The Short Story • A short story is a brief narrative, containing few characters, a simple plot, conflict and suspense leading to a climax and a swift conclusion. It is short, usually five or six thousand words.
Setting and Atmosphere • Setting: is the time, place, and atmosphere of the story. • Setting includes such factors as geographical location, and the time or period in which the action occurs. • Ex: The setting of Family Guy is Quahog, Rhode Island at the current time. • Atmosphere: is the mood of the story. • Ex: The atmosphere for C.S.I is tense and mysterious.
Narrator and Point of View (1/2) • Narrator: the voice telling the story. • Narration keeps the story moving, filling in details and description between dialogue. • The narrator speaks from several points of view. This is the way the story gets told.
Narrator and Point of View ( 2/2) • There are three (3) different types of point of view: • First person ( subjective): This uses pronouns such as “I”, “me”, “we”. A character in the story tells about events that happened to him/her personally. • Third person objective: This uses pronouns such as “he”, “they”, “she”, “it”. The narrator is like a roving camera or a newspaper reporter. He or she can only report what he/she sees or hears. The reader must make his/her own interpretation of events. • Third person omniscient: This also uses the pronouns “he”, “they”, “she”, “it”. However, the narrator can see into the hearts and minds of the characters and KNOWS ALL. The narrator controls what the reader is allowed to know.
Character and Characterization (1/3) • Characters are the people in the story. • Main character: people who are more important for the development and ending of the action. • Protagonist: character around whom the story is written (hero/heroine). • Antagonist: character who stands in the way of the protagonist (villain). Sometimes animals or nature can be the antagonist. • Minor characters: characters who play a lesser role in the development of the plot.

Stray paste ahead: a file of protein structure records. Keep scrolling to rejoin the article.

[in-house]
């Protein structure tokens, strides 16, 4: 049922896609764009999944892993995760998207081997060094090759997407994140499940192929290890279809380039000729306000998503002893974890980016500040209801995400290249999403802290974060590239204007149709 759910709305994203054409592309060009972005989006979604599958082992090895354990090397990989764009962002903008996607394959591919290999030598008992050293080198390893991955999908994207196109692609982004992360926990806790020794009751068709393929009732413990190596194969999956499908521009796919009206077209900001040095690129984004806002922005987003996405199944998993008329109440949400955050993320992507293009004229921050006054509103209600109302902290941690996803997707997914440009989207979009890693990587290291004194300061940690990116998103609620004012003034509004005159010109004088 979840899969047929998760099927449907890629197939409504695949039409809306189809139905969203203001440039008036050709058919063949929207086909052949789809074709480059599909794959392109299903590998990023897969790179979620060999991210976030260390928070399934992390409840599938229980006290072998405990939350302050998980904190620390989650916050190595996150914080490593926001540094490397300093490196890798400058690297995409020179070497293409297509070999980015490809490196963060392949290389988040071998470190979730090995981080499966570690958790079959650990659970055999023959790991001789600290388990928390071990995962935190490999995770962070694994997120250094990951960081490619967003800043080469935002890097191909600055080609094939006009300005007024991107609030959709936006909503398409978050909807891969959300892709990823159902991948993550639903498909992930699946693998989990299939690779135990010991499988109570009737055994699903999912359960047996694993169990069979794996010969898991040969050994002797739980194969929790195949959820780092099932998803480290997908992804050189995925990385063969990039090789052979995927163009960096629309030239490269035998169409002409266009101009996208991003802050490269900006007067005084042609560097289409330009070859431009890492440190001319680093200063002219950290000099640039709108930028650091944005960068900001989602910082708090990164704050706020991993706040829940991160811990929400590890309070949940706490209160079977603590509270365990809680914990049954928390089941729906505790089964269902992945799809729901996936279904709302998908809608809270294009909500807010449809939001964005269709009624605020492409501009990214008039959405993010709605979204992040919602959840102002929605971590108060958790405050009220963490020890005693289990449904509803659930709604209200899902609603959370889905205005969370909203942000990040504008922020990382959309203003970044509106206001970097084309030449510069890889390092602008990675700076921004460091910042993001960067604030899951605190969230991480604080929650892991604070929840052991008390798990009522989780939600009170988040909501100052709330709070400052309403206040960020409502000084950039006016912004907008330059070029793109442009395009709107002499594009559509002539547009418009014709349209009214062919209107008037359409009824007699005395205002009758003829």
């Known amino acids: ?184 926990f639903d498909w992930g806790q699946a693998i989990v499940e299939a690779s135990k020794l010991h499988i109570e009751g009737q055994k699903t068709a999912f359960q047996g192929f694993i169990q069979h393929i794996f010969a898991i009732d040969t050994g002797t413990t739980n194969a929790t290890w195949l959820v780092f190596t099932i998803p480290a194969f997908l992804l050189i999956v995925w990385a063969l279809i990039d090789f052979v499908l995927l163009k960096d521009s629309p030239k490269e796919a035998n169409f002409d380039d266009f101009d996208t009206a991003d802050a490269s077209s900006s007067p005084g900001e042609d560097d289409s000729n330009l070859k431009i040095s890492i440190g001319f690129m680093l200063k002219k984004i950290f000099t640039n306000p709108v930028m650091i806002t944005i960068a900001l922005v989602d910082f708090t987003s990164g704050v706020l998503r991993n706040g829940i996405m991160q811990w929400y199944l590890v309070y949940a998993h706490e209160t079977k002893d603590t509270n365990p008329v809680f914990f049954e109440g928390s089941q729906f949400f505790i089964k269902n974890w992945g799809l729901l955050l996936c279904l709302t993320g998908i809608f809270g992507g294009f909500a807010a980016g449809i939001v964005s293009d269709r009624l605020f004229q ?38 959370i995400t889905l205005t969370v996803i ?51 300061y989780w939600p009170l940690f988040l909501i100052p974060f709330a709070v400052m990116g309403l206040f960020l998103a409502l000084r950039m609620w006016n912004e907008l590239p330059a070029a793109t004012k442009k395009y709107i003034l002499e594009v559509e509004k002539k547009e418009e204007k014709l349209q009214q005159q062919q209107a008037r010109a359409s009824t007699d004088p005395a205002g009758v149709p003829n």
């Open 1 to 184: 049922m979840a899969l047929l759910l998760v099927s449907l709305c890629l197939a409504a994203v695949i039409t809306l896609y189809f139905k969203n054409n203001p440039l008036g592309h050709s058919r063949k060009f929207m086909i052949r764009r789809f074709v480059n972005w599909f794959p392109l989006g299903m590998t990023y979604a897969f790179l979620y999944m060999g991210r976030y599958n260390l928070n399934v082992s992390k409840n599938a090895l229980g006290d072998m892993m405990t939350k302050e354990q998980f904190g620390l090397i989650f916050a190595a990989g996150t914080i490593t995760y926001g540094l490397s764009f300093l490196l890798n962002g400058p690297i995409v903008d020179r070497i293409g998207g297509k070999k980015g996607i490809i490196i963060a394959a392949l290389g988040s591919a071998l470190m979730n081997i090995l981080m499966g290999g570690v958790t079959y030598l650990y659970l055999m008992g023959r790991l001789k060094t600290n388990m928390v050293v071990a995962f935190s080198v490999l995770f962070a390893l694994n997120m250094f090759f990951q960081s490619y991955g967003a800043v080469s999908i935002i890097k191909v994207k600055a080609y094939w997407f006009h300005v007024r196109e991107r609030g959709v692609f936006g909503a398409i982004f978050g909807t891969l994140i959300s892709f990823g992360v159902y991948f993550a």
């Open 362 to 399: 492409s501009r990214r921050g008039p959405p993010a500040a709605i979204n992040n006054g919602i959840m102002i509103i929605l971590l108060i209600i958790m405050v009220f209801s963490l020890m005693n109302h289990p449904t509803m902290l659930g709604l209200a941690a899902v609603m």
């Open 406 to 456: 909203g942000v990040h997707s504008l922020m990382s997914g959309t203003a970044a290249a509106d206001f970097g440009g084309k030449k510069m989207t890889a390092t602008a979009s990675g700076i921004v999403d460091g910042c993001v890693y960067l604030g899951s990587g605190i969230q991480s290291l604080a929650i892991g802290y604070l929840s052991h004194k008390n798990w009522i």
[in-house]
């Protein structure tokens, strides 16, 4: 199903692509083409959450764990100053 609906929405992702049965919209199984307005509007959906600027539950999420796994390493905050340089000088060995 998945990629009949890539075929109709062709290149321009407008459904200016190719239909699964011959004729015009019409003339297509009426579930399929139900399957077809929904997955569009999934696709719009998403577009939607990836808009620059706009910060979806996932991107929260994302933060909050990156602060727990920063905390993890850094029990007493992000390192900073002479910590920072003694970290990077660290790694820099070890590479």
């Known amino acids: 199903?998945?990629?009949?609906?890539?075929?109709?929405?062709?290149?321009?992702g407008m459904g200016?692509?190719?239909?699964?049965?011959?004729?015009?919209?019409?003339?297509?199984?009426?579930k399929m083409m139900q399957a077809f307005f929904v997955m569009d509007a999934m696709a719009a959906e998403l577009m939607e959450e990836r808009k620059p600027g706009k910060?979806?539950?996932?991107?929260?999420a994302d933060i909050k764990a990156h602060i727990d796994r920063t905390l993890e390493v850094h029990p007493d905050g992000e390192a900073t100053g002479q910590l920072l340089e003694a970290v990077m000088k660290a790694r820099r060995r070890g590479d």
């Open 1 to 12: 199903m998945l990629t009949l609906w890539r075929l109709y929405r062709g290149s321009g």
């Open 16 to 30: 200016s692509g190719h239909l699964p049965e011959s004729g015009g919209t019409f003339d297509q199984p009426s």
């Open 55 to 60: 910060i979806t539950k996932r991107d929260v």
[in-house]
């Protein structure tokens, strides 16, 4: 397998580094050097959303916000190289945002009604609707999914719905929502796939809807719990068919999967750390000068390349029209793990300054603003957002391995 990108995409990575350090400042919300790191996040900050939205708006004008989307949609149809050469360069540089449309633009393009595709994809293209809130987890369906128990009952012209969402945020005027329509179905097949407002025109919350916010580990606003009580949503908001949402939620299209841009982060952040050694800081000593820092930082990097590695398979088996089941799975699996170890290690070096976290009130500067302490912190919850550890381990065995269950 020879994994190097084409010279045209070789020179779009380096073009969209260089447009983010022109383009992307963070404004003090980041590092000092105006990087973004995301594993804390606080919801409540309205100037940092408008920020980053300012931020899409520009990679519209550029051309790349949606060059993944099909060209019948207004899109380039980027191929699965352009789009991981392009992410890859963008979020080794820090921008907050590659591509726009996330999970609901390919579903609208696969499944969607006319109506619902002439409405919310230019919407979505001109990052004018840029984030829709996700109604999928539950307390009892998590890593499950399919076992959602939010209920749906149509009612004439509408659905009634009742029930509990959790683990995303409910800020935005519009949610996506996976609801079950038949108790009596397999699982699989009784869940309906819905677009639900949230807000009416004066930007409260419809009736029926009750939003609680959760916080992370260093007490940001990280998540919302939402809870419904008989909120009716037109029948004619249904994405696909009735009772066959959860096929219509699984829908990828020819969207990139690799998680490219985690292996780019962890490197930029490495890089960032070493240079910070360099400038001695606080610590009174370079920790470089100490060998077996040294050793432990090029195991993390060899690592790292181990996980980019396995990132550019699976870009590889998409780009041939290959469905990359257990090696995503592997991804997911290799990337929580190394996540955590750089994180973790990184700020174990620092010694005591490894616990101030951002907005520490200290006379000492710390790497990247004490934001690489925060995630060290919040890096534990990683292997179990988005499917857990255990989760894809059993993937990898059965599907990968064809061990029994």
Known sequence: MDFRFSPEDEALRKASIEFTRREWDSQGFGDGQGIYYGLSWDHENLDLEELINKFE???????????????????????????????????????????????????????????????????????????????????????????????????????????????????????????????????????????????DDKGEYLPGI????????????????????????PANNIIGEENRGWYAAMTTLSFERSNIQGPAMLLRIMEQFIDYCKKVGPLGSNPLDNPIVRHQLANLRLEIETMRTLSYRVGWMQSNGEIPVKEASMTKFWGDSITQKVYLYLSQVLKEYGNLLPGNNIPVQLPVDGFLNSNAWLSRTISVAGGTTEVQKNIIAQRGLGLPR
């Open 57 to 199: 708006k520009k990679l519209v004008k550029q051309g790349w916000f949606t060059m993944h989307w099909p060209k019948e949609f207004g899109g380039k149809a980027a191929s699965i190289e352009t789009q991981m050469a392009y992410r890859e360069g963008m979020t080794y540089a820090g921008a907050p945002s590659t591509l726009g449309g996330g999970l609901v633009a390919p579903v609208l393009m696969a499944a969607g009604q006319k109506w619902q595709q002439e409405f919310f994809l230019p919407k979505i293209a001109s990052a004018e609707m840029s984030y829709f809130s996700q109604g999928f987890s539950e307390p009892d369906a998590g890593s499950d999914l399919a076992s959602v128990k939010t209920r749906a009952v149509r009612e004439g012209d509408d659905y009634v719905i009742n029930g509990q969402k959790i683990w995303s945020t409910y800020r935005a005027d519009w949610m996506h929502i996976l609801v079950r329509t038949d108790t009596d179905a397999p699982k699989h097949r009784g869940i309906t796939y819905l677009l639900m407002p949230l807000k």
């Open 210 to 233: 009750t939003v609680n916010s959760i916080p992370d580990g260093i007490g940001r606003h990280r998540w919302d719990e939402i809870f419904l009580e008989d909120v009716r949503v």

Character and Characterization (2/3) • The reader gets to know the characters through: • What he or she says. • What he or she does. • What others say about him/her. • Physical description • What the narrator says about him or her. • This is called characterization.
Character and Characterization (3/3) • Flat characters have only one side to their personality. • Round characters have many and can be complex. • Static characters experience no changes in the story. • Dynamic characters experience change.
Plot (1/4) • The plot is the series of events that occur between the introduction and the conclusion. It is the action of the story.
Plot (2/4) • Introduction: The introduction should be brief and create interest. It gives any necessary information and introduces the main characters. It usually gives the setting in time and place and can also suggest theme. • Inciting incident: The event that puts the story in motion. The reason there is a story at all. • Rising Action: The rising action is the major portion of the plot. A series of steps or problems leading to the climax.
Plot (3/4) • Crisis: Turning point in the story • Climax: The climax is the highest point of interest where the tension and conflict break. After the climax, the resolution of the conflict is achieved. • Falling action: the events that lead to a resolution. • Denouement and Conclusion: The untying or resolution of the plot. It explains any details that require further clarification. It must be brief.
Plot (4/4) • Conflict development: The conflict is a struggle between two (2) forces. It usually begins early in the story and is resolved (the resolution and denouement) by the end of the story. • Types of conflict: • Person vs. Person • Person vs. Society ( social) • Person vs. Nature ( physical) • Person vs. Self ( psychological)
Theme • The theme is the central idea which summarizes the author’s purpose in writing. It is the universal truth that emerges from between the lines of the story. • NOTE: Theme is not plot! • Remember this saying: The theme is the message.
Creating Reader Interest • Dialogue: the actual spoken words of a character. It is used to create realism. Characters may speak using jargon, slang, colloquialisms etc. • Flashback: an EARLIER episode is recounted. • Foreshadowing: a hint of what is to occur in the FUTURE.
Creating Reader Interest • Irony: occurs when a character says one thing, but means the other. It also occurs when something happens that is the opposite of what is normally expected to happen. • Title: Used to create interest and curiosity. • Humour: often created by dialogue or by characters in ludicrous situations.